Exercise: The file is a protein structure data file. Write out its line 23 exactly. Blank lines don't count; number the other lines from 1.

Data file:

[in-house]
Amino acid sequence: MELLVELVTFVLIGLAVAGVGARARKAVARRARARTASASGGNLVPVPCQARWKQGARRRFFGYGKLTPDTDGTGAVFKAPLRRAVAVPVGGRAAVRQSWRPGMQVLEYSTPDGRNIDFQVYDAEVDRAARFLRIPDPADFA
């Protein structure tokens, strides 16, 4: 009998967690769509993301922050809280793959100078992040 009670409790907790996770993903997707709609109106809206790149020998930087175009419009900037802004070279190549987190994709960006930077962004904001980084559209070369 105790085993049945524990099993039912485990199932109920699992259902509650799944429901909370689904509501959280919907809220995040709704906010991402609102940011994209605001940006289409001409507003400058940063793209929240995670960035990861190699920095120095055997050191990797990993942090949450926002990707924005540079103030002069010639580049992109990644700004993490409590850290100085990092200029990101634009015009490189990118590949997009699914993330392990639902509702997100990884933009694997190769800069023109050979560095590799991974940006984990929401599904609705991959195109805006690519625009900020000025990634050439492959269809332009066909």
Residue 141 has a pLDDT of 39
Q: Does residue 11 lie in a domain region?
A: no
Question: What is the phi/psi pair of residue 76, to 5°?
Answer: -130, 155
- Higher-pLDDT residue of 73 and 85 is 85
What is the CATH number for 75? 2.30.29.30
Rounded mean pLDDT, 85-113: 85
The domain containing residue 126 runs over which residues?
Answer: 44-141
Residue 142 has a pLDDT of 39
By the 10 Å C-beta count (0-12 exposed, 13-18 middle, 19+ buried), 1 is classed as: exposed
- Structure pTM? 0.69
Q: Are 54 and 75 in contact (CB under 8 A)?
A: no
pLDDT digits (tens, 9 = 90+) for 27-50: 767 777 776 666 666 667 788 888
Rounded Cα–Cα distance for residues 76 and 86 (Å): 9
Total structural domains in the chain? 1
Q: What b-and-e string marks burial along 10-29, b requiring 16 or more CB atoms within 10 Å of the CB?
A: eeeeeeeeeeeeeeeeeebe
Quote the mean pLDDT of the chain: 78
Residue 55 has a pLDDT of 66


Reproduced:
A: eeeeeeeeeeeeeeeeeebe